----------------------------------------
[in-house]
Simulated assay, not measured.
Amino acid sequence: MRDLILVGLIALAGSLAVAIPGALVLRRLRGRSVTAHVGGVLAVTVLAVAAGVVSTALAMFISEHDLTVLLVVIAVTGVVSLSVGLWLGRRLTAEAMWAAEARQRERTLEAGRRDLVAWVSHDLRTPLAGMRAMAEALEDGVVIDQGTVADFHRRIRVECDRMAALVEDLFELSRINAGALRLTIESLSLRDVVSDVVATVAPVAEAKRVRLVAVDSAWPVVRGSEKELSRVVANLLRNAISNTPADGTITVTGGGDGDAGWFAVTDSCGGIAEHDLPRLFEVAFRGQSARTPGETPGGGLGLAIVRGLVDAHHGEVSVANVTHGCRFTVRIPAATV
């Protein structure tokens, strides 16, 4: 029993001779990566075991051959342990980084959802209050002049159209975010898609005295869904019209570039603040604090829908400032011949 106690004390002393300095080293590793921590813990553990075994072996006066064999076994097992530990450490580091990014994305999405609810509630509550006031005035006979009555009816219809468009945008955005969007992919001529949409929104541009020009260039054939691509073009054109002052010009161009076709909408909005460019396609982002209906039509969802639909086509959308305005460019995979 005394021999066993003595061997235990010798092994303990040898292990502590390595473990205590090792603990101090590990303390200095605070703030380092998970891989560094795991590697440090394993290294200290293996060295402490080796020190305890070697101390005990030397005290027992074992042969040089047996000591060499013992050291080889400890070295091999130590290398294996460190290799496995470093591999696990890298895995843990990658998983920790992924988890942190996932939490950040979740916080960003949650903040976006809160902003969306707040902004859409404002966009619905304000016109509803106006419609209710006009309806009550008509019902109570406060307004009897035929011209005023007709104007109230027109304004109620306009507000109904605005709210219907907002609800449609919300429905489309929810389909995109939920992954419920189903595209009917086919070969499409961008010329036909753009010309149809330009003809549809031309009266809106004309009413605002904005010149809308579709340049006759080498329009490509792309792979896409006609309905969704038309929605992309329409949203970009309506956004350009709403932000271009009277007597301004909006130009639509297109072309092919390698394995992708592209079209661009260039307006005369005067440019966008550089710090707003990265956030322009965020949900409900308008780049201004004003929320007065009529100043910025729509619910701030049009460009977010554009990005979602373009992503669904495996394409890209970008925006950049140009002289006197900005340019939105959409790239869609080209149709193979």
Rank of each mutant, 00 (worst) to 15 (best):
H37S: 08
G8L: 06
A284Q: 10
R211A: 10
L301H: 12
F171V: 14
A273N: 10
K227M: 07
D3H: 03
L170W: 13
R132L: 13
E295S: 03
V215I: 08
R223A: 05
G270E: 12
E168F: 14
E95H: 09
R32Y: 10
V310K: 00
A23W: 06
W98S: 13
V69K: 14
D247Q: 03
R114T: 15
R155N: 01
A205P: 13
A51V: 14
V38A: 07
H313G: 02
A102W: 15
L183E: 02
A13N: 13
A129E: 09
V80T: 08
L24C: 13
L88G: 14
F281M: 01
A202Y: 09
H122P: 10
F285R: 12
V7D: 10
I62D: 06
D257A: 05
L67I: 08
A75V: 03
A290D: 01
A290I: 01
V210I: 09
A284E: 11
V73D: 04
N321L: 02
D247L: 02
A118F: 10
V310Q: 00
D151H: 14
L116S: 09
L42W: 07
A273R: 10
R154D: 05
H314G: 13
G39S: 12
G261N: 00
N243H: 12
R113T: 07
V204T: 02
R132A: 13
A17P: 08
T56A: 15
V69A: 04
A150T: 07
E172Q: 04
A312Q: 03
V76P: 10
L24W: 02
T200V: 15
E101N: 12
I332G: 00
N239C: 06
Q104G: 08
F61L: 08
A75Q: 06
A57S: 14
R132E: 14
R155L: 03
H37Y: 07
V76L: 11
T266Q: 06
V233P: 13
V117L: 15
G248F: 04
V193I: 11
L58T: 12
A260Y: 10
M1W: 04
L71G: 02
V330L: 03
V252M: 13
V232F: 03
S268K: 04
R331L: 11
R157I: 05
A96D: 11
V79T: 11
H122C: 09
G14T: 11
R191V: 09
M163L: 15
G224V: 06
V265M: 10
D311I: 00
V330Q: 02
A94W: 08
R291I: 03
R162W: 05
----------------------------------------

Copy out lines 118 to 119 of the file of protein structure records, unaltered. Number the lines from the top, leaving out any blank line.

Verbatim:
R291I: 03
R162W: 05